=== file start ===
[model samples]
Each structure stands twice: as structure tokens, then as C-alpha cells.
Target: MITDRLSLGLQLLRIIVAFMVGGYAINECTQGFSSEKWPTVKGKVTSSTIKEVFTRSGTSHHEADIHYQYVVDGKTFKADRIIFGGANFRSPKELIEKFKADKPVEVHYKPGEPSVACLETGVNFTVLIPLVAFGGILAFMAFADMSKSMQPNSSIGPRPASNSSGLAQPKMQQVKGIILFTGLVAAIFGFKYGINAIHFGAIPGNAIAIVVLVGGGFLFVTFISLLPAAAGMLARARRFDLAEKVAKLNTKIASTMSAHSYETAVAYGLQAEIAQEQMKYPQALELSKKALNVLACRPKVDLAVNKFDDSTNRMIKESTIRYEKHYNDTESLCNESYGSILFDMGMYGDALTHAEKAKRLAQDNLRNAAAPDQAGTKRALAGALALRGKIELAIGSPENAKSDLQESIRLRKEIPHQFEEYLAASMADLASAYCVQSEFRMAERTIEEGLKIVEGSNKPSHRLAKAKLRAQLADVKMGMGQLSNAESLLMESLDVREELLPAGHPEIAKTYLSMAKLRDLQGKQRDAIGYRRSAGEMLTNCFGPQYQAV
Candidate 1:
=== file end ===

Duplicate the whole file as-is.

[model samples]
Each structure stands twice: as structure tokens, then as C-alpha cells.
Target: MITDRLSLGLQLLRIIVAFMVGGYAINECTQGFSSEKWPTVKGKVTSSTIKEVFTRSGTSHHEADIHYQYVVDGKTFKADRIIFGGANFRSPKELIEKFKADKPVEVHYKPGEPSVACLETGVNFTVLIPLVAFGGILAFMAFADMSKSMQPNSSIGPRPASNSSGLAQPKMQQVKGIILFTGLVAAIFGFKYGINAIHFGAIPGNAIAIVVLVGGGFLFVTFISLLPAAAGMLARARRFDLAEKVAKLNTKIASTMSAHSYETAVAYGLQAEIAQEQMKYPQALELSKKALNVLACRPKVDLAVNKFDDSTNRMIKESTIRYEKHYNDTESLCNESYGSILFDMGMYGDALTHAEKAKRLAQDNLRNAAAPDQAGTKRALAGALALRGKIELAIGSPENAKSDLQESIRLRKEIPHQFEEYLAASMADLASAYCVQSEFRMAERTIEEGLKIVEGSNKPSHRLAKAKLRAQLADVKMGMGQLSNAESLLMESLDVREELLPAGHPEIAKTYLSMAKLRDLQGKQRDAIGYRRSAGEMLTNCFGPQYQAV
Candidate 1: